Houston Hall (University of Pennsylvania)

From Wikipedia, the free encyclopedia
Jump to navigation Jump to search
Houston Hall
Houston Hall in 2005 at right, as viewed from Perelman Quadrangle
Houston Hall in 2005 at right, as viewed from Perelman Quadrangle
General information
TypeStudent union
Architectural styleCollegiate gothic
LocationUniversity City
Address3417 Spruce Street
Philadelphia, Pennsylvania
Opened1896 (1896)
Renovated1936, 2000
OwnerUniversity of Pennsylvania
Technical details
Floor count4
Design and construction
ArchitectFrank Miles Day, William C. Hays, and Milton Bennett Medary
Renovating team
ArchitectRobert Rodes McGoodwin (1936)
Venturi, Scott, Brown (2000)
Houston Hall
Houston Hall, Univ. of Penna., Philadelphia, Pa (NYPL b12647398-67602).tiff
Houston Hall, on an 1898 postcard.
Houston Hall (University of Pennsylvania) is located in Philadelphia
Houston Hall (University of Pennsylvania)
Houston Hall (University of Pennsylvania) is located in Pennsylvania
Houston Hall (University of Pennsylvania)
Houston Hall (University of Pennsylvania) is located in the United States
Houston Hall (University of Pennsylvania)
Location3417 Spruce Street
Philadelphia, Pennsylvania
expanded 1936
ArchitectDay, Hays & Medary
Architectural styleCollegiate Gothic
Part ofUniversity of Pennsylvania Campus Historic District[1] (ID78002457)
Designated CP21 June 1978[2]

Houston Hall is the student union of the University of Pennsylvania, in Philadelphia, Pennsylvania. Completed in 1896, it was the first student union built on an American college campus.[3]

Houston Hall was listed as a National Register of Historic Places contributing property in the University of Pennsylvania Campus Historic District in 1978.[1]


The idea of a student union – a clubhouse or activities center for students – was first established at Oxford University in 1823.[4] Houston Hall was based on the models of the Cambridge University and Oxford University Unions.[4][3]

In 1893, the University of Pennsylvania Trustees decided to provide a facility for the social and recreational use of students. Trustee (later Provost) Charles Custis Harrison announced a contest for its design, open to students and recent graduates of the University of Pennsylvania School of Architecture. Two students, William C. Hays and Milton Bennett Medary, Jr., won the competition.[5] The final design for the building was a combination of the two entries, and was executed by architect and faculty member Frank Miles Day, with Hays and Medary listed as associate architects.[6]

Henry Howard Houston Jr by Cecilia Beaux, 1895

To finance the project, Harrison secured a donation of $100,000 from University Trustee Henry Howard Houston and his wife Sallie S. Houston. The Hall was named as a memorial to their son, Henry Howard Houston, Jr. (University of Pennsylvania class of 1878), who had died in Rome within a year of his graduation. The cornerstone of the building was laid on January 22, 1894, and Houston Hall was dedicated January 2, 1896.

Prior to the building's opening, a "Houston Club" was formed, allowing membership to any male student and charging yearly dues of two dollars. The dues were then applied to the operation of the facilities.[7] The original Houston Hall featured a 4-lane bowling alley, swimming pool, gymnasium and locker rooms in the basement; a student lounge, billiards room and reception areas on the first floor; an auditorium, athletic department offices and trophy room on the second floor; and offices for student clubs (including the student newspaper, The Daily Pennsylvanian) on the third floor.[8] A women's student union, Bennett Hall, was built at 34th & Walnut Streets in 1926.[9]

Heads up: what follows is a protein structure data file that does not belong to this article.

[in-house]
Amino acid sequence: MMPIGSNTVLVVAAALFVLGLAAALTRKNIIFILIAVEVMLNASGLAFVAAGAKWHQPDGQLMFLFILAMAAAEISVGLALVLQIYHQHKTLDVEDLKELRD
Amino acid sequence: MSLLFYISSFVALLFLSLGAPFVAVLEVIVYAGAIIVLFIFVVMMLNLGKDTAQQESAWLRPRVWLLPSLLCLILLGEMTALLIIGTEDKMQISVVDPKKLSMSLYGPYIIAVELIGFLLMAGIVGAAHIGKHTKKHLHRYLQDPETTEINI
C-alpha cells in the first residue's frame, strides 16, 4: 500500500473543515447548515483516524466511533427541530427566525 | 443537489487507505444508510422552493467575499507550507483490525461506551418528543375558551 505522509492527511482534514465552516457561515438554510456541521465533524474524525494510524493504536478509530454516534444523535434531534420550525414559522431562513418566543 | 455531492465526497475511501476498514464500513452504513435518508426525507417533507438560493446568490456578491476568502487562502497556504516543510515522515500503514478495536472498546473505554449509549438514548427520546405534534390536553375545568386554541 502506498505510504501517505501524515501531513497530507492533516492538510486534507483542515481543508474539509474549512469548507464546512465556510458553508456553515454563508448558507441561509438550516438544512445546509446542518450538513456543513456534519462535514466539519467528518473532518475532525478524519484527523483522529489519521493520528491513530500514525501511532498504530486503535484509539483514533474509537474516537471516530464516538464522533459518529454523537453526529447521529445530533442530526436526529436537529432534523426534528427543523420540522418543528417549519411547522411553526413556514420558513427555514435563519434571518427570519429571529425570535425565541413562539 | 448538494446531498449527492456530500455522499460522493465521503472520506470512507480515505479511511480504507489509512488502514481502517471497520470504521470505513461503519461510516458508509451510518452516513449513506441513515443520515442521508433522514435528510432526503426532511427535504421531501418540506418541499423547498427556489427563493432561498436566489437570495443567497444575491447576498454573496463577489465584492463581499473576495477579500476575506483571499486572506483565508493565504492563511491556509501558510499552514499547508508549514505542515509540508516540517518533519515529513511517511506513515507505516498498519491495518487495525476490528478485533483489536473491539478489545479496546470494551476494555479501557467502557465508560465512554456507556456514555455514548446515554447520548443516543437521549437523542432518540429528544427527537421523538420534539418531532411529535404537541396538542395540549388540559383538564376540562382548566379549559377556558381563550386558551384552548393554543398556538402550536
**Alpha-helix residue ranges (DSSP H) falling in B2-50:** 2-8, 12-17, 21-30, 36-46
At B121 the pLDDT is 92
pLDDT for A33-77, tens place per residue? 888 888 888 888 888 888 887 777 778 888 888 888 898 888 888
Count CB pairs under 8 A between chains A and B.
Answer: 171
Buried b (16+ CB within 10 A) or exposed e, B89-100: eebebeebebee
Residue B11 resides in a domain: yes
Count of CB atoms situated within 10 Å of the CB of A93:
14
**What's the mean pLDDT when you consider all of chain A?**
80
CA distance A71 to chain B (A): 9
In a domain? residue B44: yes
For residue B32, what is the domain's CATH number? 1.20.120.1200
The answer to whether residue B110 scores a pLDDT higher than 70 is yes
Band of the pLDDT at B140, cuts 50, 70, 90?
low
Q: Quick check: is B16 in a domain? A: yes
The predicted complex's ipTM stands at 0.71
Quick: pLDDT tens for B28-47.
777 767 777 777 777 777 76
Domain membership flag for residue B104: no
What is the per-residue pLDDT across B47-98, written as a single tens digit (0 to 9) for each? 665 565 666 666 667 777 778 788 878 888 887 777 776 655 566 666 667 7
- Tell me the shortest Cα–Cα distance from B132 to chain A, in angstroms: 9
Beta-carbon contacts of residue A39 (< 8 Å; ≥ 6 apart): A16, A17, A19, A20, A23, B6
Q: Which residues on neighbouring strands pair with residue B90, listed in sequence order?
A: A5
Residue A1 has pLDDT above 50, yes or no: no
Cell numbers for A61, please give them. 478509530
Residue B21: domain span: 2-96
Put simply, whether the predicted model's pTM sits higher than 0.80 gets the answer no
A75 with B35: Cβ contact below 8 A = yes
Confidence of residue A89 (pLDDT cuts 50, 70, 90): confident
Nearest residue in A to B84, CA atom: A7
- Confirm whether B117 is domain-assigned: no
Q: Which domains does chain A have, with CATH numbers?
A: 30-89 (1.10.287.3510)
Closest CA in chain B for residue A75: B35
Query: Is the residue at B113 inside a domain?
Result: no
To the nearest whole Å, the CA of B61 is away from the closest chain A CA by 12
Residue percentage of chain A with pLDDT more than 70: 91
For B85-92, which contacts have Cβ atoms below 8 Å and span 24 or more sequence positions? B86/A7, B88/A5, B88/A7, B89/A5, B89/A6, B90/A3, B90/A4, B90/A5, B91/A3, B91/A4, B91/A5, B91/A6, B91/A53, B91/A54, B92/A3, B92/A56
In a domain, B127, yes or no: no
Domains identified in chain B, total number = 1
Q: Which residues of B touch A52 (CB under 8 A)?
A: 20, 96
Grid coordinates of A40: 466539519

Houston Hall has undergone several renovations throughout its history. In 1936, Robert Rodes McGoodwin expanded it with a dining hall at the east end and a student lounge at the west end. In 2000, Venturi, Scott Brown and Associates (an architectural firm led by Robert Venturi and Penn graduate Denise Scott Brown) completed a renovation of the building.[10]

Houston Hall now contains a cafeteria and other eating establishments, study rooms, auditoriums, and numerous meeting rooms and offices.



  1. ^ a b Cohen, Madeline L. (1977). "University of Pennsylvania Campus Historic District" (PDF). National Register of Historic Places Inventory and Nomination. Pennsylvania Historical and Museum Commission. Retrieved March 8, 2017.
  2. ^ "National Register Information System". National Register of Historic Places. National Park Service. March 13, 2009.
  3. ^ a b American Universities and Colleges By the American Council on Education (1928) p. 33
  4. ^ a b Rath, Jay. (September 3, 2003) Wisconsin State Journal. Mad for the union. Madison has been in love with the memorial union for decades. Now the party place is celebrating its history. Section: Daybreak. Page D1.
  5. ^ Building America's First University: An Historical and Architectural Guide to the University of Pennsylvania George E. Thomas, David Bruce Brownlee, p. 3.
  6. ^ University of Pennsylvania: Its History, Traditions, Buildings and Memorials By George Erazmus Nitzsche. International Printing Co., (1918) p. 46-49. Full text at Google Book search
  7. ^ Original 1896 brochure commemorating Houston Hall.
  8. ^ Common Schools of Pennsylvania, Report of the Superintendent of Public Instruction of the Commonwealth of Pennsylvania for the Year Ending June 1, 1896 (Clarence M. Busch, State Printer of Pennsylvania, 1896), pp. 240-41.[1]
  9. ^ "History of Penn Student Government, from the University of Pennsylvania Archives". Archived from the original on 2017-04-23. Retrieved 2007-07-28.
  10. ^ About Houston Hall Facilities

Coordinates: 39°57′03″N 75°11′38″W / 39.95092°N 75.19386°W / 39.95092; -75.19386